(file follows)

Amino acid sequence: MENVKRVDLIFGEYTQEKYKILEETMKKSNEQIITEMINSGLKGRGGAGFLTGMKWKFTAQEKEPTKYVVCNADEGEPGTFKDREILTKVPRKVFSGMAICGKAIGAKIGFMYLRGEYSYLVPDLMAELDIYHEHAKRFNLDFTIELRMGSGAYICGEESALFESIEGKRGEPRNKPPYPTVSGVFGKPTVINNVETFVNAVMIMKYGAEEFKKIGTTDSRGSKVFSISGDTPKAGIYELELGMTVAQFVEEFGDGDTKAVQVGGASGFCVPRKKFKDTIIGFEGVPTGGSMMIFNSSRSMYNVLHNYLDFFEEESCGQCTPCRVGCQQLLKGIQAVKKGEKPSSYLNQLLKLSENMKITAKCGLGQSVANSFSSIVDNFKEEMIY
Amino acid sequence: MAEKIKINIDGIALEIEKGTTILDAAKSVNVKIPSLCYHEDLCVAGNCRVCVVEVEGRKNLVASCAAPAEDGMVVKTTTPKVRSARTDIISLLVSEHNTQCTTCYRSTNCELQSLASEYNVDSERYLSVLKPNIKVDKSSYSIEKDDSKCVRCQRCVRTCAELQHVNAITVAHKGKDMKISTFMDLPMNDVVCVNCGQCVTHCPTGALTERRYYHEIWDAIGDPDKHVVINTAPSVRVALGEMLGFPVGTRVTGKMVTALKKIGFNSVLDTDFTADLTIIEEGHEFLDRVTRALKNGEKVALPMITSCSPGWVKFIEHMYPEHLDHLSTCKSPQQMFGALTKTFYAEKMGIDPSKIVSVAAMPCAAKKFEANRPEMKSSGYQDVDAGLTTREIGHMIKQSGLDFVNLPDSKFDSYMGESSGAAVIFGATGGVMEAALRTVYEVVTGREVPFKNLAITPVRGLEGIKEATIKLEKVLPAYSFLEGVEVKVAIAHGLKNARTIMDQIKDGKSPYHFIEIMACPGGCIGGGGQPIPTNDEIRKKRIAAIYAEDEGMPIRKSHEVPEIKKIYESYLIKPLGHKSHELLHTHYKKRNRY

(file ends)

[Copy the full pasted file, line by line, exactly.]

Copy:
Amino acid sequence: MENVKRVDLIFGEYTQEKYKILEETMKKSNEQIITEMINSGLKGRGGAGFLTGMKWKFTAQEKEPTKYVVCNADEGEPGTFKDREILTKVPRKVFSGMAICGKAIGAKIGFMYLRGEYSYLVPDLMAELDIYHEHAKRFNLDFTIELRMGSGAYICGEESALFESIEGKRGEPRNKPPYPTVSGVFGKPTVINNVETFVNAVMIMKYGAEEFKKIGTTDSRGSKVFSISGDTPKAGIYELELGMTVAQFVEEFGDGDTKAVQVGGASGFCVPRKKFKDTIIGFEGVPTGGSMMIFNSSRSMYNVLHNYLDFFEEESCGQCTPCRVGCQQLLKGIQAVKKGEKPSSYLNQLLKLSENMKITAKCGLGQSVANSFSSIVDNFKEEMIY
Amino acid sequence: MAEKIKINIDGIALEIEKGTTILDAAKSVNVKIPSLCYHEDLCVAGNCRVCVVEVEGRKNLVASCAAPAEDGMVVKTTTPKVRSARTDIISLLVSEHNTQCTTCYRSTNCELQSLASEYNVDSERYLSVLKPNIKVDKSSYSIEKDDSKCVRCQRCVRTCAELQHVNAITVAHKGKDMKISTFMDLPMNDVVCVNCGQCVTHCPTGALTERRYYHEIWDAIGDPDKHVVINTAPSVRVALGEMLGFPVGTRVTGKMVTALKKIGFNSVLDTDFTADLTIIEEGHEFLDRVTRALKNGEKVALPMITSCSPGWVKFIEHMYPEHLDHLSTCKSPQQMFGALTKTFYAEKMGIDPSKIVSVAAMPCAAKKFEANRPEMKSSGYQDVDAGLTTREIGHMIKQSGLDFVNLPDSKFDSYMGESSGAAVIFGATGGVMEAALRTVYEVVTGREVPFKNLAITPVRGLEGIKEATIKLEKVLPAYSFLEGVEVKVAIAHGLKNARTIMDQIKDGKSPYHFIEIMACPGGCIGGGGQPIPTNDEIRKKRIAAIYAEDEGMPIRKSHEVPEIKKIYESYLIKPLGHKSHELLHTHYKKRNRY